Three years later after violent riot, justice has not been brought to Moldova
Three years ago thousands of Moldovans took to the streets of the country to demonstrate against the government and to contest the former parliamentary elections. Organizing themselves on the social media networks such as Facebook, Twitter and Odnoklassniki – a Russian social network, the protesters, mainly teenagers gathered on the National Square from Moldova’s capital of Chisinau. Carrying Moldovan and Romanian flags, the youngsters demanded free and fair elections and better living conditions. The Communist Party had won most of the votes – almost half of the seats in the Parliament. The teenagers expressed their anger about the Communists return to power.
Over 460 people suffered injuries as a result of the riot. After three years since the violent demonstration, only 15 persons have been sued. Three men died after they have been hit and severely injured. There isn’t a final conclusion about the way the men died and who is responsible for their death. An international investigation conducted during the past years showed that the police officer Ion Perju is responsible for Valeriu Boboc’s death. The Court hasn’t taken a decision on this case yet.
The building of the Parliament was sent on fire and many offices were vandalized by some protesters. The Presidential Building, which is in front of the Parliament, was also destroyed during the violent riots.
April 7, 2009 – was the first time when Moldova made it to the front page of many international newspapers. The New York Times wrote that day: “A crowd of more than 10,000 young Moldovans materialized seemingly out of nowhere on Tuesday to protest against Moldova’s Communist leadership, ransacking government buildings and clashing with the police.”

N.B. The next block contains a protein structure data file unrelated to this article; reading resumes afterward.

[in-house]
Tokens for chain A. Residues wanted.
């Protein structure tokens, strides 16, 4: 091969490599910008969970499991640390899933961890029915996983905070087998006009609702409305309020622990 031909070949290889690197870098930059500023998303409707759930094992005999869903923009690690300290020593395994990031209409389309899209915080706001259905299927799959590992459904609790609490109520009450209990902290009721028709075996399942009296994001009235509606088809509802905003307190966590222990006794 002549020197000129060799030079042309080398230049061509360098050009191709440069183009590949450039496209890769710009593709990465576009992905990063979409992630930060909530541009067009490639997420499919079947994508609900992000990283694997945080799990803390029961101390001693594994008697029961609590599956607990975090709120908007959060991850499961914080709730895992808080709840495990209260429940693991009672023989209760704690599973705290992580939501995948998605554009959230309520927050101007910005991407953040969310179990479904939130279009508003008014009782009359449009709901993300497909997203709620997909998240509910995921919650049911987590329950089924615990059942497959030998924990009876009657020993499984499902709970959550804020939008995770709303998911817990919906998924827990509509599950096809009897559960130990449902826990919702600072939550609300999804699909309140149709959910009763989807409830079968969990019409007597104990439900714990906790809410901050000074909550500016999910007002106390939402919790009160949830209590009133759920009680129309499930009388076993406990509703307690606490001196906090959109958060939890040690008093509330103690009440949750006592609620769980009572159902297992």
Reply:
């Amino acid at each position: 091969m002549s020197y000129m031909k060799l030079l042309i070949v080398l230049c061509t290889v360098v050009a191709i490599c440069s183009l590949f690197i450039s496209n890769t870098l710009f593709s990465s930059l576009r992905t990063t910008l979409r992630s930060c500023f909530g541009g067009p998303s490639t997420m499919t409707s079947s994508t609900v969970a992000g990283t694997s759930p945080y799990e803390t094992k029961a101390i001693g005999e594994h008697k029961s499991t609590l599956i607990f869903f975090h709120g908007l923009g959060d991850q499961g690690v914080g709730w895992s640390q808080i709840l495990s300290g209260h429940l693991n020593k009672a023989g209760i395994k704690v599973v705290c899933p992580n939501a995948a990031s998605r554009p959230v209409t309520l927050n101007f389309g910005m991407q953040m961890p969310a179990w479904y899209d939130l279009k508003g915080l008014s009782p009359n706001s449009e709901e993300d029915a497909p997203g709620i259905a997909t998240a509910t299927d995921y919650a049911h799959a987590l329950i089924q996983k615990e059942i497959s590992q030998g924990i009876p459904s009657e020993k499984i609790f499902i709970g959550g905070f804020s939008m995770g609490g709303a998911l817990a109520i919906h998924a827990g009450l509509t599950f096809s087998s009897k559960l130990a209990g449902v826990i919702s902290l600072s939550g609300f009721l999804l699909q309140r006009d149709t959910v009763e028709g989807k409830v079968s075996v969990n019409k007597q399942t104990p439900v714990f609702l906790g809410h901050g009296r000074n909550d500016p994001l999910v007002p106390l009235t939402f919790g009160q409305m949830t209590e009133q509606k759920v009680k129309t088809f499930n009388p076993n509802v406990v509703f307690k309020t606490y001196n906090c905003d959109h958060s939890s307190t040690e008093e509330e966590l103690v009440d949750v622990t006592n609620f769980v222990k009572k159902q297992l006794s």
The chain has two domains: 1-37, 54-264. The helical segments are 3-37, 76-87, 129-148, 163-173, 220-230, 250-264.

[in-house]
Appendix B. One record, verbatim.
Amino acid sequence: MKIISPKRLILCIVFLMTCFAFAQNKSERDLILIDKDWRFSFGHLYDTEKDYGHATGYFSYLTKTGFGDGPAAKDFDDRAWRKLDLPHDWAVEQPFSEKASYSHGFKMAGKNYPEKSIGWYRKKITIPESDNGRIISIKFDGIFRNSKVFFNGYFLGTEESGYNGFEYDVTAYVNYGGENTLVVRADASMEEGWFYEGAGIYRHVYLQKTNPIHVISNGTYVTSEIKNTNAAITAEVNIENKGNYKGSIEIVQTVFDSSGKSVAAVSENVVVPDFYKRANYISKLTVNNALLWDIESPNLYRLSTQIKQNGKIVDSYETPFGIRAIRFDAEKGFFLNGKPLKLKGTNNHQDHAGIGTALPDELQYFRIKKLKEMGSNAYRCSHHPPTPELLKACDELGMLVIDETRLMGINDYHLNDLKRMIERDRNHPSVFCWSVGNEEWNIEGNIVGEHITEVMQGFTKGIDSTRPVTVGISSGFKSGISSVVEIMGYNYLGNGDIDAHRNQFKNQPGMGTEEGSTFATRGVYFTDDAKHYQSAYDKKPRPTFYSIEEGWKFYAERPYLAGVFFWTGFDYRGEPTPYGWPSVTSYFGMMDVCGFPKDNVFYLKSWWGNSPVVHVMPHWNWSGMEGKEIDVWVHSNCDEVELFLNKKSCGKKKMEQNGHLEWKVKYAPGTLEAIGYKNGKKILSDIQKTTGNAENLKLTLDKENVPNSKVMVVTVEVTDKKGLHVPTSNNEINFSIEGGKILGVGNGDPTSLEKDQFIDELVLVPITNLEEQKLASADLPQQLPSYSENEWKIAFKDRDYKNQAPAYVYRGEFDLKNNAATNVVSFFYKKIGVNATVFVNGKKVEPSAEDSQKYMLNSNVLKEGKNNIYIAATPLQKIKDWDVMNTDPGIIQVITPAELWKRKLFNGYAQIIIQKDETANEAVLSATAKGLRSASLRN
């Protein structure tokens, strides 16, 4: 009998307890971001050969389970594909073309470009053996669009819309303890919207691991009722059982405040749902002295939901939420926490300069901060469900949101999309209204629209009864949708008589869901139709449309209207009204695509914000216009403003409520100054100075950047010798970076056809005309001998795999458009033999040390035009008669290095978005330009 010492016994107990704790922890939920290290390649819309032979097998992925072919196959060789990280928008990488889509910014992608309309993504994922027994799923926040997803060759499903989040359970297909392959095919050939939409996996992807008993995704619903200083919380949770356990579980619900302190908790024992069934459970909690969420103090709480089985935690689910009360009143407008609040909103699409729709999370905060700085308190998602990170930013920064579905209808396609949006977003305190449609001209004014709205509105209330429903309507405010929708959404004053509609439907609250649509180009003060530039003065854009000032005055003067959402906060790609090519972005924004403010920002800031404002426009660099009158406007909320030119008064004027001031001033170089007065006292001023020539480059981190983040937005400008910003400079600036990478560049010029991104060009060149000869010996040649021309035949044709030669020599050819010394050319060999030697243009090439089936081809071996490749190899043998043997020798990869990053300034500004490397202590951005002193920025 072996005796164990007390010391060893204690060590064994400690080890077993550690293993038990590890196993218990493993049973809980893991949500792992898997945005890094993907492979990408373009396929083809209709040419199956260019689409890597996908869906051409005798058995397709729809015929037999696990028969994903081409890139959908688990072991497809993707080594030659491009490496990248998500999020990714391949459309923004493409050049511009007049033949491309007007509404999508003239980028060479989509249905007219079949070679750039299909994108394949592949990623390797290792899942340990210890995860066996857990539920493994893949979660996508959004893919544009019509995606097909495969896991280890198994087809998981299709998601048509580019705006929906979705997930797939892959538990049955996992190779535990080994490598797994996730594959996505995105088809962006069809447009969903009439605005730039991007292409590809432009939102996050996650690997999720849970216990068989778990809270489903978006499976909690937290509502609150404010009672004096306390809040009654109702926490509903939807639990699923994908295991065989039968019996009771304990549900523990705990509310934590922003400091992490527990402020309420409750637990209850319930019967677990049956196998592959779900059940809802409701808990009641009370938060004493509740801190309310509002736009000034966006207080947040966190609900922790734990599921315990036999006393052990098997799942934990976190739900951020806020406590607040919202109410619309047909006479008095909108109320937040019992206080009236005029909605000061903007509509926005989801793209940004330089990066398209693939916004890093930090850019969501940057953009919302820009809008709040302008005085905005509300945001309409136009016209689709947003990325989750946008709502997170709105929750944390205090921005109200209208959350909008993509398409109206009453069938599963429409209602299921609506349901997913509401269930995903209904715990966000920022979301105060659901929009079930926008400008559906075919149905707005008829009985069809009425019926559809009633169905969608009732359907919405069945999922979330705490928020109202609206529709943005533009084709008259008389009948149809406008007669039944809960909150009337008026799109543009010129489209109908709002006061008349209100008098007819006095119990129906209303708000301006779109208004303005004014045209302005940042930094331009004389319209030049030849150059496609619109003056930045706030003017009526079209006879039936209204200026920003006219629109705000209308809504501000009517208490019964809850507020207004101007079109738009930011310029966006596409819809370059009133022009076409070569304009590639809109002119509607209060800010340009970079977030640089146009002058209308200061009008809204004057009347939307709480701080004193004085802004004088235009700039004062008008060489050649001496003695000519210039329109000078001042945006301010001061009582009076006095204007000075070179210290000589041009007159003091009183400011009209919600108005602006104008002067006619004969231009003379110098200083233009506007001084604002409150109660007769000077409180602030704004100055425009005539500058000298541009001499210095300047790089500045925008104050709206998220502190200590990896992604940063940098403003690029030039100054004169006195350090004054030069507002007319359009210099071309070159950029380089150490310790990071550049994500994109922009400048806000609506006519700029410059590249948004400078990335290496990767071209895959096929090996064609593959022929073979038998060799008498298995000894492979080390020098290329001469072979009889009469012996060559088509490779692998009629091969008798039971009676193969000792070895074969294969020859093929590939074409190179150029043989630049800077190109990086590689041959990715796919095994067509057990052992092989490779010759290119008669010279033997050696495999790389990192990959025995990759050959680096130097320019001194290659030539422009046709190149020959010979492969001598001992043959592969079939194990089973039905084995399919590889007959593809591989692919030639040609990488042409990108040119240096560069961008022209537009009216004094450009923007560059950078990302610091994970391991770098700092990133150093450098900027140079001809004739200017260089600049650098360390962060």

It was quite difficult to spread the information that day because the government suddenly cut off the internet. Several news outlets had difficulties in providing information to the readers nationwide, while ProTV channel was providing live updates on the website of their affiliates in Bucharest. Many foreign journalists have been banned from entering the country. Other local reporters were beaten up during demonstrations and were taken to the police station for questions.
CNN wrote that the journalists’ “attempts to cover massive anti-government protests this week have put them in danger in the former Soviet state.”
Non-violent protests followed in the days after. As a solidarity measure, Moldovans living and working or studying abroad peacefully demonstrated in front of their embassies to express solidarity towards their fellows from home. Romania, the USA, the UK, France, Italy and other countries were among the ones where the Moldovans demonstrated.
The day of April 7 is already memorable for most of the people in the country. After three years since the riots, justice has not been brought yet.